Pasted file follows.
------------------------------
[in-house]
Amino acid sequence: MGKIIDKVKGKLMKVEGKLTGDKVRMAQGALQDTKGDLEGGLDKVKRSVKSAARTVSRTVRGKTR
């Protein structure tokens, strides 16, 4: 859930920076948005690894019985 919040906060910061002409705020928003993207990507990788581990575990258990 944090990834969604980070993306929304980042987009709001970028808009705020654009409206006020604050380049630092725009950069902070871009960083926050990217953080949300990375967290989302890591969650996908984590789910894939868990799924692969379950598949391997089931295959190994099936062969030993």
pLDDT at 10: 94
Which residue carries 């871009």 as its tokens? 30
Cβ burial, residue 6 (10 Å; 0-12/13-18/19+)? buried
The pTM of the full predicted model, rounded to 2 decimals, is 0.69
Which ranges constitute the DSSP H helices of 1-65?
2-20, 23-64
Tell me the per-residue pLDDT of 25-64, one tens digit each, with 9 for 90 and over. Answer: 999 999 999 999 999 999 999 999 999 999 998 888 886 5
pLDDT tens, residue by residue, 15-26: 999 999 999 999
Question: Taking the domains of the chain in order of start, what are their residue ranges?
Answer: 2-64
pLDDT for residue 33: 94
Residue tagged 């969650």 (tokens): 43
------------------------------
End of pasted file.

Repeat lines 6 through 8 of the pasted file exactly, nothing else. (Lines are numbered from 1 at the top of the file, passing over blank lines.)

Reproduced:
Cβ burial, residue 6 (10 Å; 0-12/13-18/19+)? buried
The pTM of the full predicted model, rounded to 2 decimals, is 0.69
Which ranges constitute the DSSP H helices of 1-65?